• An old-fashioned walk! Head over to the printer and make sure it’s plugged in (to power and the network!), switched on, and hopefully, it’s not complaining about being out of toner or paper. Another clue - do you hear the printer ‘warming up’?
  • Check that your laptop or mobile device can ‘talk’ to the printer - for example, use ping (ping where the IP address is the IP address of your printer) to make sure the device is reachable. If you’re using a USB printer, it’s an easy step to make sure your USB cable is plugged into the printer on one end and plugged into the laptop/workstation on the other!
  • Check that you’re using the correct print driver for your printer. Head over to your printer manufacturer’s website and follow their instructions to install the printer from scratch.
  • Find out if other people can print to the printer - is there an issue with the network or the printer - or is it just an issue with your machine?
  • Use a test machine (or borrow one) to try adding the printer/printing from - to see if it’s an issue with one machine or with all machines. With especially complex print setups, we often recommend a ‘laptop test’ where you have a machine that is able to talk directly to the printer without lots of networking or other servers getting in between.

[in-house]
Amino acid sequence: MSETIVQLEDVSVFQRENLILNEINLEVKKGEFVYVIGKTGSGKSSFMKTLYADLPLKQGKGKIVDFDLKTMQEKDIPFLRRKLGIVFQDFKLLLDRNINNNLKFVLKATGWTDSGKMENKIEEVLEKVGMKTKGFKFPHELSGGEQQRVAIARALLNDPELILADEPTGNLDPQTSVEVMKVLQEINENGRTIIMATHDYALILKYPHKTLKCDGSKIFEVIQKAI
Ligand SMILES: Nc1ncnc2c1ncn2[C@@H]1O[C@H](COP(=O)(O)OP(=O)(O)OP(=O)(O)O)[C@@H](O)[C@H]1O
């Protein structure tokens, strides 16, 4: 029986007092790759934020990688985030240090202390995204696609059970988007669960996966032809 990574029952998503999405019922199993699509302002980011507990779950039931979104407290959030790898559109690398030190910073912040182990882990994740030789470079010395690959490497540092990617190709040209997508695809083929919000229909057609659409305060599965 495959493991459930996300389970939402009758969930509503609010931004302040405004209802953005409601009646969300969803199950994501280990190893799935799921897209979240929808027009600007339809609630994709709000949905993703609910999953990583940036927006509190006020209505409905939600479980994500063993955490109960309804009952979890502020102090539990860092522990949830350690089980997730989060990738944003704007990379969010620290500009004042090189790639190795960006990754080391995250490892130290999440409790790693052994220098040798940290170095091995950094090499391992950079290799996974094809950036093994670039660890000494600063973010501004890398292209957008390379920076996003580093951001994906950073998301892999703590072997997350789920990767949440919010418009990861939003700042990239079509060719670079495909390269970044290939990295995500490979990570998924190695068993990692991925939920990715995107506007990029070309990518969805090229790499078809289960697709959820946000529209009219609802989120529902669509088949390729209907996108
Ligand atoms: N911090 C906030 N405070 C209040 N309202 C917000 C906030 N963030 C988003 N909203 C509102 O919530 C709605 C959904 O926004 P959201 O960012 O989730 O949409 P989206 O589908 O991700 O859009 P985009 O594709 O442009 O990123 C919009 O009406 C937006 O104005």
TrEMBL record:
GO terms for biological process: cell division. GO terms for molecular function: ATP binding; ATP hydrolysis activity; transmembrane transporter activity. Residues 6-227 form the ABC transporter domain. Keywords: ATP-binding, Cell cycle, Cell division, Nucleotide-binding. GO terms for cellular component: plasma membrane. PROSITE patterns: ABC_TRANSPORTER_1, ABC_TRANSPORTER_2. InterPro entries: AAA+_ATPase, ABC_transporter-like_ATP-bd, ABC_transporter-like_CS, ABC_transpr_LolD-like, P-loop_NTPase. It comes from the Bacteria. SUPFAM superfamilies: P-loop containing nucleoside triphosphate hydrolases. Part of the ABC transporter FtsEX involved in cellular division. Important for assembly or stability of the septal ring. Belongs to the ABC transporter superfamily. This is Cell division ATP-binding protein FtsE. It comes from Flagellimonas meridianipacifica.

• As before, you can also open your local printer queue to see if it’s giving you any clues as to where your print job is - often there are error messages, or it may tell you the status of your print job. Microsoft and Apple both describe how to view your print job or print queue on Windows and how to view your print queue on macOS.

Hopefully, if you’re printing directly to the printer, the calm-inducing sound of the printer warming up should be happening right now. If not, it’s worth checking through the steps above again to see where the job could be stuck.

3.2 Troubleshooting printing through a server queue

If you’re printing to a print server or some other service, it’s time to put the detective hat on and try and find where the print job has gone.